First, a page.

I went back and forth on whether or not to hit publish on this because, well, I agree with Jason Falls and what he said on the whole “social media expert” thing. Those of us in this space probably have work to do, rather than talking about this issue, but I also put aside time to write about this space here, so why not.

Managing an online community – managing a structured community, not so much the whole social media listening thing – is something anyone can do. Just like anyone can be President. But, it’s not something that anyone should do, can do well or for a long period of time.

It’s a skill role, it’s a leadership role. And not everyone is cut out for it. If you really want to do it, cool. But, if you really, really want to do something else, but figure “hey, online community manager sounds like something I can do,” maybe you should pause.

I don’t want to discourage anyone. For many, understandably, a job is just a job. If you can fill a role, support yourself and move on, that’s fine. But, just don’t think that doing this is easy or performing in the post at a high level is something that takes a few months to figure out.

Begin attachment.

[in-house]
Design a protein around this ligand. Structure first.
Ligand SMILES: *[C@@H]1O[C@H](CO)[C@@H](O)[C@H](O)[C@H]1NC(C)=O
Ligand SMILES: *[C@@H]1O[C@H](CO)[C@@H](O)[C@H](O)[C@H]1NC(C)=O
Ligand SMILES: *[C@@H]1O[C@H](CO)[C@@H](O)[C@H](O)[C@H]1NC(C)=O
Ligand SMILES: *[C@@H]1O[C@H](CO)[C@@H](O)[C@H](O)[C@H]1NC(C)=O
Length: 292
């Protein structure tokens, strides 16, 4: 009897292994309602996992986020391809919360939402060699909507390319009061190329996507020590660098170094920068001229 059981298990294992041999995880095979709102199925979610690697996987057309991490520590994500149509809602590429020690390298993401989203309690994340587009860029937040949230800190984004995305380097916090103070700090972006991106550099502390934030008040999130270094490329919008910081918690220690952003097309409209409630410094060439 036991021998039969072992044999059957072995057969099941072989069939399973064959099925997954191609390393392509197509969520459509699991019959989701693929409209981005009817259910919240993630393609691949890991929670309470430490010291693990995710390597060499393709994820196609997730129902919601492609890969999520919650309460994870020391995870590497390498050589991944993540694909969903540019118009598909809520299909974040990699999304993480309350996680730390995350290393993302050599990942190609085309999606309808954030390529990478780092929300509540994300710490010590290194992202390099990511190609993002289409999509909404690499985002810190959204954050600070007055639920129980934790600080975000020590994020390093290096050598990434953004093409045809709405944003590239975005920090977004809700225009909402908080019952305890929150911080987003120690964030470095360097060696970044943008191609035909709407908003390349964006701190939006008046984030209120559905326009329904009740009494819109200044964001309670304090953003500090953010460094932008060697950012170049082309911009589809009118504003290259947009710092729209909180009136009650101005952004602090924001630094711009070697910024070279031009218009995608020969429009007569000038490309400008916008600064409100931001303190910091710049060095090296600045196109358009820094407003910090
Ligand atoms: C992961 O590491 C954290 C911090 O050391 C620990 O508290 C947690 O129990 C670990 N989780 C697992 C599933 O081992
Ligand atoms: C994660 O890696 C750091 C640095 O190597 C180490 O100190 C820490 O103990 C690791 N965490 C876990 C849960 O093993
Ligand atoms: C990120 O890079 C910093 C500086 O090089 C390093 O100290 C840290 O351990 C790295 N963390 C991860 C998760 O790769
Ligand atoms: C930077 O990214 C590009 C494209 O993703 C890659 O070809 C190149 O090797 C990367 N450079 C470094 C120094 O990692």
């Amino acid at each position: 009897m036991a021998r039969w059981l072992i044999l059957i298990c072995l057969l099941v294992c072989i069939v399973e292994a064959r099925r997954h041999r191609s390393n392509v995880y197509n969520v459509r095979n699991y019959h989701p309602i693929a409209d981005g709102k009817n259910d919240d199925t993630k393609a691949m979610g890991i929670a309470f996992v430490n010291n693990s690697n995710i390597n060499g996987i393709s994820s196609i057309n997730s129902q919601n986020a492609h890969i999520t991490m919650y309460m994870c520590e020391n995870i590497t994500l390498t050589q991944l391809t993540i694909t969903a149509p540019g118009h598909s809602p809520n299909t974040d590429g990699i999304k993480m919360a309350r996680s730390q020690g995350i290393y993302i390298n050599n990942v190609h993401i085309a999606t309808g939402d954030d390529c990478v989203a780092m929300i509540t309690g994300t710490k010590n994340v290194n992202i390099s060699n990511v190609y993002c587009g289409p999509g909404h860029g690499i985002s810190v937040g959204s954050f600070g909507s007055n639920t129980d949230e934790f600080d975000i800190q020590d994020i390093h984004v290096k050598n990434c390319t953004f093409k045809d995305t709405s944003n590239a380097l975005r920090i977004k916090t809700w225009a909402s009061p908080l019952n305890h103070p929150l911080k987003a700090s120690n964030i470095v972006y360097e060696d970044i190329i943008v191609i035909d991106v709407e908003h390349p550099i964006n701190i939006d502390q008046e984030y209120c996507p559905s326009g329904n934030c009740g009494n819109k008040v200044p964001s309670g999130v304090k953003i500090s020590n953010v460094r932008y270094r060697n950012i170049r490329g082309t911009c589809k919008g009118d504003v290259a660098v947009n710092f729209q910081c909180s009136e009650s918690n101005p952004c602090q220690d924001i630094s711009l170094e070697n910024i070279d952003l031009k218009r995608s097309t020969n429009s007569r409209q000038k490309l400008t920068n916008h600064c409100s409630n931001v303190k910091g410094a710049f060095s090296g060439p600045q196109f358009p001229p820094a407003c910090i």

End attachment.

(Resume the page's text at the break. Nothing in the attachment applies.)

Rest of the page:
Managing an online community isn’t entry level stuff. It’s not something you hand off to an intern. It’s not telemarketing. You don’t show up, train for a little while and go in. It’s not “I’ve worked in marketing for many years, this should be a cinch.” It takes more than that. If anything, it’s more executive level.

But, if you are committed to it, to giving it your best and to working hard, you’ll be able to find plenty of help from all sorts of people, including me.